Leslie Benton, Vice President, Ethisphere
For the last few years, January has been a notable month for FCPA enforcement, and this year appears to be no different. Last week, the DOJ and the SEC announced that Deutsche Bank will pay $130 million to resolve bribery charges related to its attempts to win business in several countries and separate commodities fraud charges. This is the latest case in a busy thirteen months for the US government despite the global pandemic’s disruptions to witness interviews, document collection, and court proceedings, to name but a few of the pandemic’s impacts. While case numbers were slightly lower than in previous years, the sizes of FCPA resolutions once again broke the previous year’s record. Last year saw twelve corporate FCPA enforcement actions, with penalties totaling more than $8 billion paid worldwide, a significant increase from the $2.83 billion paid in 2019.
Landmark Cases of 2020
The year began with a then-record settlement in January when Airbus, the French-headquartered airplane manufacturer, agreed to a global resolution of bribery charges as well as charges related to export controls in the US. In that case, Airbus used third parties to bribe foreign officials and airline executives in more than a dozen countries to obtain lucrative contracts. The company agreed to pay approximately $4 billion in combined penalties to the US, France, and the United Kingdom to resolve eight years of investigation. The FCPA-related penalty was $2.09 billion.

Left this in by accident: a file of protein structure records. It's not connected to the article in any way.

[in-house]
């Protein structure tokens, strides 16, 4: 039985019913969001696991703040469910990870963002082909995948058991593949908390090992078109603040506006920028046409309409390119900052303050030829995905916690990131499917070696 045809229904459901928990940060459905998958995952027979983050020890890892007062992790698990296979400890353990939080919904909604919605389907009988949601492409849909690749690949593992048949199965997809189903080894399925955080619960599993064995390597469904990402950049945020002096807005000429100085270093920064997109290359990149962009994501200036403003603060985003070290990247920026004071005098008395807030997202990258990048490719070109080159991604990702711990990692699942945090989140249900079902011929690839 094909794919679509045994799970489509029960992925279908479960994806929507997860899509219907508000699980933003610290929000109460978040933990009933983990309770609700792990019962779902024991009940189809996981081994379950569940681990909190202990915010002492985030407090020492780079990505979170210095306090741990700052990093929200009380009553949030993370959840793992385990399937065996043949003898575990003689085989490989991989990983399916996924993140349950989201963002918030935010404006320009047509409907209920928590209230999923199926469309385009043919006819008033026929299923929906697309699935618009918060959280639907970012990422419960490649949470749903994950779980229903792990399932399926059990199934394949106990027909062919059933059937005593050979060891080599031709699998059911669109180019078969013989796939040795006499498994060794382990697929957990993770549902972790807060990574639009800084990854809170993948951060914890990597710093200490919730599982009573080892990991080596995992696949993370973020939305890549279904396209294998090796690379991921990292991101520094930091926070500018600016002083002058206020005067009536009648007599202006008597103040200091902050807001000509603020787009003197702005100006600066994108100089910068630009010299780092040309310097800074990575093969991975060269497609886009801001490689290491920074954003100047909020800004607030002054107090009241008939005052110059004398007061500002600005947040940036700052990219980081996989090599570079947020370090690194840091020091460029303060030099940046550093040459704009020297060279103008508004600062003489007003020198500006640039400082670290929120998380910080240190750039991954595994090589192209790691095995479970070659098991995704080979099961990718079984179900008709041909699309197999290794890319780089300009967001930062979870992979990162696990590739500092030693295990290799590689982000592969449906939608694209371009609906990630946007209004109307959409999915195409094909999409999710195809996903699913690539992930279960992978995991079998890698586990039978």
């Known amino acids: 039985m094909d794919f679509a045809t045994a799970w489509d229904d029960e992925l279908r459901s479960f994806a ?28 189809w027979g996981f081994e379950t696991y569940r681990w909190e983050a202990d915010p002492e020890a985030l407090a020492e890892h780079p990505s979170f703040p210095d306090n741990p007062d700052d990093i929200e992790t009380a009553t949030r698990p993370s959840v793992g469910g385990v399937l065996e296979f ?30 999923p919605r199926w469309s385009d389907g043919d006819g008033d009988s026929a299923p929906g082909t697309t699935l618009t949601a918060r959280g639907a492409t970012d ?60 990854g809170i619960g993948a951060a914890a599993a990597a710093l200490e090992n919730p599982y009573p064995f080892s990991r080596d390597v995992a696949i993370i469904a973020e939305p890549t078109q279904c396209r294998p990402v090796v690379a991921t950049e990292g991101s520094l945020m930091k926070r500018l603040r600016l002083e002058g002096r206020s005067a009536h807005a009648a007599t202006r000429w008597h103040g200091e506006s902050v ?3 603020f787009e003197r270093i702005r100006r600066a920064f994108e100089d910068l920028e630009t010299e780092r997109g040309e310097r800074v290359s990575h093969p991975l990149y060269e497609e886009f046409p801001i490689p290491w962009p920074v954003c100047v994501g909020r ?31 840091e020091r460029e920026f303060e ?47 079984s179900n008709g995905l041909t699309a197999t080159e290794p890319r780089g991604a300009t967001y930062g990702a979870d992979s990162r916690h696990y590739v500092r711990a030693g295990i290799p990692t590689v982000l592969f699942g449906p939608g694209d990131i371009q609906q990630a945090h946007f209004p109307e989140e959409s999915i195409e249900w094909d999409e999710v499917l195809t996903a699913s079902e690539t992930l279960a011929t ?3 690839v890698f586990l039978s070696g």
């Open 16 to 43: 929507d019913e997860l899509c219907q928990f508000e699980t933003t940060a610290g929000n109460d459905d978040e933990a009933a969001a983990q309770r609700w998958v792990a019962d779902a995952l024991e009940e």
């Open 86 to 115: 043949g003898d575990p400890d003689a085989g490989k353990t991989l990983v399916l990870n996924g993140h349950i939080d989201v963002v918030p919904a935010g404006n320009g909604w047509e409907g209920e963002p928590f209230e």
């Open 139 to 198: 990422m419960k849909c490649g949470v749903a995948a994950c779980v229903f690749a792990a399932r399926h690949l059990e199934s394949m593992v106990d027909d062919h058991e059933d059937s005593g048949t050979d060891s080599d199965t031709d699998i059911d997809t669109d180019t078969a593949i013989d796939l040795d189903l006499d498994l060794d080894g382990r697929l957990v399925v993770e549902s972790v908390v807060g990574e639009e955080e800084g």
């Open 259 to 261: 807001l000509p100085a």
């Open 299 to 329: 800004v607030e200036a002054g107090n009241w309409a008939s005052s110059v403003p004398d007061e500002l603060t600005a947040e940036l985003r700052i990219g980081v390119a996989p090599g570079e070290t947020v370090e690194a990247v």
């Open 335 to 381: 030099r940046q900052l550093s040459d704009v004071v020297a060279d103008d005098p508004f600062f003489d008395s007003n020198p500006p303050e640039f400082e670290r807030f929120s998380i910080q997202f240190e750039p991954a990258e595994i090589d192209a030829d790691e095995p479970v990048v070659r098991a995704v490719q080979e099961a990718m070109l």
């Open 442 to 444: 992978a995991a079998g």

The blockbuster settlement of 2020, however, would come in the second half of the year in the form of a combined $3.3 billion settlement with Goldman Sachs and its Malaysian subsidiary—part of a coordinated resolution with criminal and civil authorities in the US, the UK, Singapore, and other jurisdictions. In that case, Goldman Sachs funneled bribes through a third party to Malaysia and Abu Dhabi officials to secure three valuable contracts, including underwriting billions in bond deals for the Malaysian state-owned investment fund. The settlement included a record $2.3 billion FCPA criminal penalty, a $400 million civil penalty, and $606 million in disgorgement in the US. That settlement is now number one among the top ten FCPA enforcement actions, bumping the 2019 Ericsson settlement to the number two spot, and Goldman Sachs is now the only US company on the top ten list.